I did, yeah. I think I might put together a posting on Annihilation and the issue of adaptation overall, so I can have some time to sort out my own feelings about it. I know I’m in the minority on this, especially around here.

          • Miller

            Ah, I haven’t read the books (although I should, I liked City of Saints and Madmen) so the ending was its own thing for me.

          • pico

            Gotcha, though my feelings about the ending aren’t so much about the book, at least not per se. I loved the bear, which is not in the book, believe it or not. I need the larger essay to be able to articulate it, though. I think? I dunno. It might just come to down to: I didn’t like it.

    • The Ploughman

      For the first time in many years, I missed the Oscars because I had a day pass to the True/False Festival in nearby Columbia, Missouri. This is my second year going and it’s the best-organized festival by a damn sight. It’s somehow still fun and relaxed despite the crowds – and being part of a line 300+ deep hoping to get into a documentary at 9:30am on a Sunday is something special.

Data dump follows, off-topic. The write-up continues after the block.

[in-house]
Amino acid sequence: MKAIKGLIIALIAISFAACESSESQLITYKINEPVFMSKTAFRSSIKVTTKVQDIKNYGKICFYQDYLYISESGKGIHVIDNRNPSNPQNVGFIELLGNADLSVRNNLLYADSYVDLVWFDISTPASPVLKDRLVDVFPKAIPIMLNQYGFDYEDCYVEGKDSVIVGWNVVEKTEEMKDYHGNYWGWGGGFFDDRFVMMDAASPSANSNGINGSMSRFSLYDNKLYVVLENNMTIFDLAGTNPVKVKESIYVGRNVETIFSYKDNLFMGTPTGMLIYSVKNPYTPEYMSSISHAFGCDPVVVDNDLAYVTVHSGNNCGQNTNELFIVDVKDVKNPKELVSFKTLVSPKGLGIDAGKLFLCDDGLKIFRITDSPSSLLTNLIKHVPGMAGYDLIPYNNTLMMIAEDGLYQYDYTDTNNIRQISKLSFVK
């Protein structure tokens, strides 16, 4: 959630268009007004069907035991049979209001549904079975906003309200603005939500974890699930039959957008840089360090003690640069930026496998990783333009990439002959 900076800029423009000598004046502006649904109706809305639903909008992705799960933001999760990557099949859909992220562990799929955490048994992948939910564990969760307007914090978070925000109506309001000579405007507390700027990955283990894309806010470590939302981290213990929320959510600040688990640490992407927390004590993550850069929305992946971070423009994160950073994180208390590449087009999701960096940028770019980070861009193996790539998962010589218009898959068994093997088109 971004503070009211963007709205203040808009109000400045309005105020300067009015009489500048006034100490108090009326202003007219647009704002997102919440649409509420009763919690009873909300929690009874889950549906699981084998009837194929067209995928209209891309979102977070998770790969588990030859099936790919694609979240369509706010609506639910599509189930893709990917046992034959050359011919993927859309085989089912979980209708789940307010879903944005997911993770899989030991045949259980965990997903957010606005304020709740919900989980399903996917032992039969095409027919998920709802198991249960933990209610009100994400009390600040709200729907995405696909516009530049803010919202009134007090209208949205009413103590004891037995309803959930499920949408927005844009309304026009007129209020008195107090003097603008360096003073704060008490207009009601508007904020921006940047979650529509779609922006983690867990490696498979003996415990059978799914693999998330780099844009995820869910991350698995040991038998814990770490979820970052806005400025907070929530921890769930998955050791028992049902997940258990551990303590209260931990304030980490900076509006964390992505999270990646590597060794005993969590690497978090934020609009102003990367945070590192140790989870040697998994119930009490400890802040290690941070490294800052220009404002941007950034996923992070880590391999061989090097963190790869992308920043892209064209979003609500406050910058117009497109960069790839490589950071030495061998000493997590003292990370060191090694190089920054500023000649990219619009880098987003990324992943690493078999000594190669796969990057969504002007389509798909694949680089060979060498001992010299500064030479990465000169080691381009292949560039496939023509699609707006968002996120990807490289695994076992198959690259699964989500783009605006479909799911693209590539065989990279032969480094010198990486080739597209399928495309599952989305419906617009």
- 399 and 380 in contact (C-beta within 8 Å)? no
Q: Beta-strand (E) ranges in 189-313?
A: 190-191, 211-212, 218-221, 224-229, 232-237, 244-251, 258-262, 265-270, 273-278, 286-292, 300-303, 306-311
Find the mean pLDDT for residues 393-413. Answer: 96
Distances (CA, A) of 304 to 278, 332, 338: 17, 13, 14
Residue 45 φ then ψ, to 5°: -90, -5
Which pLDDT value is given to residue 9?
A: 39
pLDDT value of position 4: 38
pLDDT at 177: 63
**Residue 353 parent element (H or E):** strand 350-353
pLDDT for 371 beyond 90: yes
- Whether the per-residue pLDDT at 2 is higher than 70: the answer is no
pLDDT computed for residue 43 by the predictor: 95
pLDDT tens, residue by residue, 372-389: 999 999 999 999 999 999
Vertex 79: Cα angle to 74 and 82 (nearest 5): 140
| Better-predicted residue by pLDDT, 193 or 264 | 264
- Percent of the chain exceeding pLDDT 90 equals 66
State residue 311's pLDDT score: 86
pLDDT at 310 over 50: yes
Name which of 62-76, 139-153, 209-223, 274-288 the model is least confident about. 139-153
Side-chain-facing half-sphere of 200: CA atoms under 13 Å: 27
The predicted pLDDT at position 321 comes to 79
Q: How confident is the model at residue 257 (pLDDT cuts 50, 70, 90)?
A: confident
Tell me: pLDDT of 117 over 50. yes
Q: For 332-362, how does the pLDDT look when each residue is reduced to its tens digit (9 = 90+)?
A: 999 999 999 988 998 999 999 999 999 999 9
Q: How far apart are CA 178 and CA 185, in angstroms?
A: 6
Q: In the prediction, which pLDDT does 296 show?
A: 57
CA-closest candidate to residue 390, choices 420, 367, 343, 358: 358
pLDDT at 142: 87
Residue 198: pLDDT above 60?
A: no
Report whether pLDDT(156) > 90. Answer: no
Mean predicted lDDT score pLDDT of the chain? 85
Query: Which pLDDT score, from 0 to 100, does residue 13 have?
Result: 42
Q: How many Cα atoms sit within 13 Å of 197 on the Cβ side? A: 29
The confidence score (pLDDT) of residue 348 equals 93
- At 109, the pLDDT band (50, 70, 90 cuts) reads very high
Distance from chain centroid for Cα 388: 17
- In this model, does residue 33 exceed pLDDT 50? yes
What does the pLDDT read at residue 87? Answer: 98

Anyway, aside from a very good shorts program, and an excellent “secret screening” that I’ll save for another time, I saw…

      Three Identical Strangers – (coming to CNN Films) This is an extremely entertaining film that’s more entertaining the less you know going in. Suffice to say – in the 1980s three adopted teenagers from different households discover they’re triplets. Fun ensues. Then, complications, as circumstances are not quite what they seem. To its credit, the film doesn’t shrink from drawing conclusions about its larger questions from the evidence in the story. It’s not a revolutionary idea on the nature vs nurture question – and the more I think about it, the less comfortable I get with the treatment of one character for the sake of drawing conclusions – but it does add a dose of meaning to a national fluff piece from several years ago.